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Performance management originated because organizations needed a fair way to determine compensation; by measuring employee's performance, they had clear standards for who received what bonus or salary increase. Today, however, the old structure of compensation through merit budgets is all but obsolete: While pay is still determined by performance, it's not the sole driver for compensation—creating a lack of purpose for traditional "performance management" programs. So, how can leaders today discover a newer, more relevant purpose?

Organizations have not, for the most part, solved the pesky business problem of maximizing human performance, which means there is still plenty of need for performance management—especially if you consider that optimum people performance is the key to better business performance.But it's a new kind of management we need: one focused on improving performance, not just measuring it.

The path to defining your organization's goal for performance management comes down to context. Performance management isn't the same for every company, and it shouldn't be—but the new purpose is essentially the same. It's time for performance management to improve performance—and in order to do that, you need to ask where your organization currently stands, where it wants to be and how it will get there.

1) How Is Our Organization Performing Today?

It is easy to look at the financials of your business to answer this question, but I suggest the real answer lies within the productivity of your workforce.

To arrive at a good baseline, you need data. While most organizations are hard pressed to answer this question empirically, you likely have qualitative data that can tell a robust story. Look at your employees' productivity levels. Then, ask your employees about their performance: Do they have what they need to meet the performance standards? Do they know what the performance standards are?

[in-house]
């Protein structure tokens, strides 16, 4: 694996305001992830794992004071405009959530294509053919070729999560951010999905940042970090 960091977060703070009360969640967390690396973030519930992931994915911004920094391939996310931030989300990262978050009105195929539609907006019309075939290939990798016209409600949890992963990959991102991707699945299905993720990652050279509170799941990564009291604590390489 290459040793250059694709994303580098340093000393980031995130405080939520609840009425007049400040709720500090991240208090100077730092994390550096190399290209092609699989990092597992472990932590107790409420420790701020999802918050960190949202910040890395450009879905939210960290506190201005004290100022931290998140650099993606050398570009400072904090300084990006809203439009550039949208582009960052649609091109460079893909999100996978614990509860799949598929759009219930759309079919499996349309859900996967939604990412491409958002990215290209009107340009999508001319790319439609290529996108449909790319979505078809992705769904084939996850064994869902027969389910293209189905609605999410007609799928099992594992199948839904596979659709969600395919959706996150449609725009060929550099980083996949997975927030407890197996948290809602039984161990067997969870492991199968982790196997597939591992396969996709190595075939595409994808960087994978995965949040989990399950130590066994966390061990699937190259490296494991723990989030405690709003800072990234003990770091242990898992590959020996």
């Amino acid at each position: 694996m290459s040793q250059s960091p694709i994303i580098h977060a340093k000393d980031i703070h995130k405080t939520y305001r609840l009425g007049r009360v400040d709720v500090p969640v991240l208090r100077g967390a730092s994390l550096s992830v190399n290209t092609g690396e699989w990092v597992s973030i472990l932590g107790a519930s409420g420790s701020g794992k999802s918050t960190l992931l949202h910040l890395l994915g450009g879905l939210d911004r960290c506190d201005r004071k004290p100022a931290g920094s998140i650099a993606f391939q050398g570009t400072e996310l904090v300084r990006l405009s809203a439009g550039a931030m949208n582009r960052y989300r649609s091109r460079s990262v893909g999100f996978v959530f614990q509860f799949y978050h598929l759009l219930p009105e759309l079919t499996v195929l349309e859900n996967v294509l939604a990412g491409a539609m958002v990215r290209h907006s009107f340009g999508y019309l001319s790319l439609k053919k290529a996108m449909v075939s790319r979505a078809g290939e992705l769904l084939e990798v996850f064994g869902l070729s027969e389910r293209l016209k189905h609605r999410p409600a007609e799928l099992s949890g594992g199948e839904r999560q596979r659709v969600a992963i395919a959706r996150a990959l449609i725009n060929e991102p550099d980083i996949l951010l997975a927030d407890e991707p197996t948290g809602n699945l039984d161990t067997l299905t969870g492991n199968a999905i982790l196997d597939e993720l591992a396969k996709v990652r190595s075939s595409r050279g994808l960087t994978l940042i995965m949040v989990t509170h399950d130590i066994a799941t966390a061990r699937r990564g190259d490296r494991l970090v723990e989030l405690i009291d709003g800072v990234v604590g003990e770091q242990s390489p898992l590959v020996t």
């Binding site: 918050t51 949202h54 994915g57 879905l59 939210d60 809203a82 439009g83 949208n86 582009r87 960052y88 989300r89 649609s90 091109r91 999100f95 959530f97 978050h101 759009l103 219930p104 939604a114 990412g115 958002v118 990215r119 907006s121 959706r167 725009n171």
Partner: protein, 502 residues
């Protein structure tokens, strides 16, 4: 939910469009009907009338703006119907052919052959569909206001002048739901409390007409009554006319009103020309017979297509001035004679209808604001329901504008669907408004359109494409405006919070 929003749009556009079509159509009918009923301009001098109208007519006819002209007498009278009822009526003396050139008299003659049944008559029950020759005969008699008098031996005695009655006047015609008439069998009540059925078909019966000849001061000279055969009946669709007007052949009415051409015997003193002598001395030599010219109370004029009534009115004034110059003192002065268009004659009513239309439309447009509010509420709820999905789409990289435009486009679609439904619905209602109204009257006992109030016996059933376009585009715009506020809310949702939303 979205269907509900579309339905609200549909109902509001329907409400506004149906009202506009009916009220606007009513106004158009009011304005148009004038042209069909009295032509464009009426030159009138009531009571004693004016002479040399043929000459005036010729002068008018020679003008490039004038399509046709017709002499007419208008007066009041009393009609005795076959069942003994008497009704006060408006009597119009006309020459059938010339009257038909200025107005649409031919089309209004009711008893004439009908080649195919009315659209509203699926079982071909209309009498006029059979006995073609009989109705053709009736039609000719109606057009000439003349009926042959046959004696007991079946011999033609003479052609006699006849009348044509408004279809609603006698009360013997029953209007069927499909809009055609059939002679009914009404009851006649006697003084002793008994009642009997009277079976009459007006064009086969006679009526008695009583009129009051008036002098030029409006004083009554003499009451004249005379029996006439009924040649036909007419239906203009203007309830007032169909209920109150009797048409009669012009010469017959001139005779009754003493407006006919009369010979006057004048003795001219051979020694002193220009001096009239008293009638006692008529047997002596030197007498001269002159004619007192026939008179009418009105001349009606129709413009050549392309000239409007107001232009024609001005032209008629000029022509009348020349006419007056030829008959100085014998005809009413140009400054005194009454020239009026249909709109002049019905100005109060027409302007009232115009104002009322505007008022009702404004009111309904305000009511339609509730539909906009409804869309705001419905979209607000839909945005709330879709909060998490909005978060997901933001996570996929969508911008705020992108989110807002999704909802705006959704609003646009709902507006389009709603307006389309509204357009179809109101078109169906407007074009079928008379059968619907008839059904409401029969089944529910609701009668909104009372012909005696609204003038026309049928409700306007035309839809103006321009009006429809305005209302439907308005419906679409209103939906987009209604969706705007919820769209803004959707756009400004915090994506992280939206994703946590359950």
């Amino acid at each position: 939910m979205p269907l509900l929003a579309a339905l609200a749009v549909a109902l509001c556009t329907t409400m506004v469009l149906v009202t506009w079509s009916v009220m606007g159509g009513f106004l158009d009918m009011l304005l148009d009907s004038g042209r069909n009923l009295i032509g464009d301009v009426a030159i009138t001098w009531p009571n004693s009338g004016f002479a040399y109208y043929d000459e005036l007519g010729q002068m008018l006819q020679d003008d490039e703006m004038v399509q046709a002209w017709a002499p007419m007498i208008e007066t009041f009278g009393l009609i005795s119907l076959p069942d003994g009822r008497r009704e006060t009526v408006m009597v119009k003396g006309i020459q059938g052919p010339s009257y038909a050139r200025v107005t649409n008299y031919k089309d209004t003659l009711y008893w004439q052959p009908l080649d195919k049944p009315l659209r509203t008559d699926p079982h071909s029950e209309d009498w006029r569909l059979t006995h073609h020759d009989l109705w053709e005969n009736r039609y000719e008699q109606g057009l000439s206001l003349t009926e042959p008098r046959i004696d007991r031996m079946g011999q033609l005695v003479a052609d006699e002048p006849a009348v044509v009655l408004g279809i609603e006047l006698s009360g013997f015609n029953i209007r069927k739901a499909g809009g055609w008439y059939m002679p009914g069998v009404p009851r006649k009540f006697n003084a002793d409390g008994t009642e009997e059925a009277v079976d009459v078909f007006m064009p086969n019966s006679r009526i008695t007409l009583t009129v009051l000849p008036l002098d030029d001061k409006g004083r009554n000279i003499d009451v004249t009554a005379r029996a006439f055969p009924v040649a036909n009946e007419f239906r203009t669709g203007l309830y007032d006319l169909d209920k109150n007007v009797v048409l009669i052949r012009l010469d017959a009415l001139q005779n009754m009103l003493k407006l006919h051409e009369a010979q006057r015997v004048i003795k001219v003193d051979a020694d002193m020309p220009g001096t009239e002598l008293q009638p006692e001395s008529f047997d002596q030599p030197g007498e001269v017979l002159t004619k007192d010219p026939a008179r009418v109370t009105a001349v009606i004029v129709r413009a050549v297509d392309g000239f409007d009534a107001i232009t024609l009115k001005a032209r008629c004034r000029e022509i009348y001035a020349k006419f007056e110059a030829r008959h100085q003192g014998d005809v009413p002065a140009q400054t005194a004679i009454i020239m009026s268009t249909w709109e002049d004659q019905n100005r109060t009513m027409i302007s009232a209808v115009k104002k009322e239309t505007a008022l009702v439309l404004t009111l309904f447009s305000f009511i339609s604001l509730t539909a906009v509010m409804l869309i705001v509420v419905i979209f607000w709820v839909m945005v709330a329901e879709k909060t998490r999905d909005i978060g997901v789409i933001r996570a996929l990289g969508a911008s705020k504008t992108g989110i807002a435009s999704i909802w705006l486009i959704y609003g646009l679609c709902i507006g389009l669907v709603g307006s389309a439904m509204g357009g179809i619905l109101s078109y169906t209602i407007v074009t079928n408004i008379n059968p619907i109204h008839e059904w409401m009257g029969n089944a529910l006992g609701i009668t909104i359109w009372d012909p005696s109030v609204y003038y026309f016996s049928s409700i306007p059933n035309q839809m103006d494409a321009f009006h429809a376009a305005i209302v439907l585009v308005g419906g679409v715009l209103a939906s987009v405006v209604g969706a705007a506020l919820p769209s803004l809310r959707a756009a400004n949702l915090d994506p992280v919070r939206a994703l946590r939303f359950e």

2) What Is Leadership Doing?

Ask your leaders the same question as your employees: Do their employees have what they need to perform to the best of their ability?

Now, compare what you heard from the employees with what you learned from the leaders. Is there a disconnect?

If employees and leaders aren't used to being asked this question, their responses may be shallow—more money, more training, more everything. By opening this dialogue, however, you have the chance to drill deeper and set realistic expectations and better solutions.

3) What's the Plan for Improvement?

Now that you have your baseline of suggestions from employees and managers, pick two or three of the changes that you believe will have the greatest impact on improving human performance. Make a plan to address each of those changes, and carry out the plan. Create a process that encourages regular, two-way dialogue about progress on each of these changes.

For example, suppose you found in your baseline research that employees are uncertain of the standards of performance they are expected to maintain. This is a leadership issue. A basic requirement of leaders is to set expectations for their employees. Unless they are capable of setting good performance standards, and engaging in two-way dialogue with their teams, improving human performance is a serendipitous act, not an intentional one. The solution is to start small: focus on a few core expectations, and communicate that to leaders and employees. (If setting clear expectations is something your management team lacks, you can lead them by example.)

The purpose of performance management—which is ultimately communication—is to improve your performance. Performance improves when individuals do good work that aligns to the business objectives. Individuals do good work when they know what is expected, and receive helpful feedback and critical resources. This logic trail—communication from management leads to employee engagement leads to improved performance—is not rocket science. But those too busy to have these important conversations will continue to struggle and will never be able to truly answer the question, "What's the purpose of our performance management?"

Photo: Twenty20